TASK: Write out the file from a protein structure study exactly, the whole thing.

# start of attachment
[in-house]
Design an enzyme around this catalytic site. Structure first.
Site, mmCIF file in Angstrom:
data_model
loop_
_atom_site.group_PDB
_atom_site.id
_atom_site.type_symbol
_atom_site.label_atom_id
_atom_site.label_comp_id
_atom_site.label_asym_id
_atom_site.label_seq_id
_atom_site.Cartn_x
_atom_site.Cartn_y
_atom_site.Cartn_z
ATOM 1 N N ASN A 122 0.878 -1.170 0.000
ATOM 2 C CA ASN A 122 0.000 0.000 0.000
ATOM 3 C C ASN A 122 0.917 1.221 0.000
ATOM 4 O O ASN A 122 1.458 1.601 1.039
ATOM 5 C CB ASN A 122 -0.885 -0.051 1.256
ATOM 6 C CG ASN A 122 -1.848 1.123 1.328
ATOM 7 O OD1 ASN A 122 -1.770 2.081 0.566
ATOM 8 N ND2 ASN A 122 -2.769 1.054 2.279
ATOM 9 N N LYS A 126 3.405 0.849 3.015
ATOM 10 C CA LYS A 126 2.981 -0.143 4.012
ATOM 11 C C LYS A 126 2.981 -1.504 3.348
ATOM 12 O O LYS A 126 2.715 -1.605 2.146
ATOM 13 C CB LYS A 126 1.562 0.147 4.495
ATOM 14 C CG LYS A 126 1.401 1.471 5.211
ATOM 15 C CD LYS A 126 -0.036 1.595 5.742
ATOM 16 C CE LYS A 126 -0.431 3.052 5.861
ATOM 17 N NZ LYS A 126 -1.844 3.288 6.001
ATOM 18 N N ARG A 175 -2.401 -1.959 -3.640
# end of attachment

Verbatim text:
[in-house]
Design an enzyme around this catalytic site. Structure first.
Site, mmCIF file in Angstrom:
data_model
loop_
_atom_site.group_PDB
_atom_site.id
_atom_site.type_symbol
_atom_site.label_atom_id
_atom_site.label_comp_id
_atom_site.label_asym_id
_atom_site.label_seq_id
_atom_site.Cartn_x
_atom_site.Cartn_y
_atom_site.Cartn_z
ATOM 1 N N ASN A 122 0.878 -1.170 0.000
ATOM 2 C CA ASN A 122 0.000 0.000 0.000
ATOM 3 C C ASN A 122 0.917 1.221 0.000
ATOM 4 O O ASN A 122 1.458 1.601 1.039
ATOM 5 C CB ASN A 122 -0.885 -0.051 1.256
ATOM 6 C CG ASN A 122 -1.848 1.123 1.328
ATOM 7 O OD1 ASN A 122 -1.770 2.081 0.566
ATOM 8 N ND2 ASN A 122 -2.769 1.054 2.279
ATOM 9 N N LYS A 126 3.405 0.849 3.015
ATOM 10 C CA LYS A 126 2.981 -0.143 4.012
ATOM 11 C C LYS A 126 2.981 -1.504 3.348
ATOM 12 O O LYS A 126 2.715 -1.605 2.146
ATOM 13 C CB LYS A 126 1.562 0.147 4.495
ATOM 14 C CG LYS A 126 1.401 1.471 5.211
ATOM 15 C CD LYS A 126 -0.036 1.595 5.742
ATOM 16 C CE LYS A 126 -0.431 3.052 5.861
ATOM 17 N NZ LYS A 126 -1.844 3.288 6.001
ATOM 18 N N ARG A 175 -2.401 -1.959 -3.640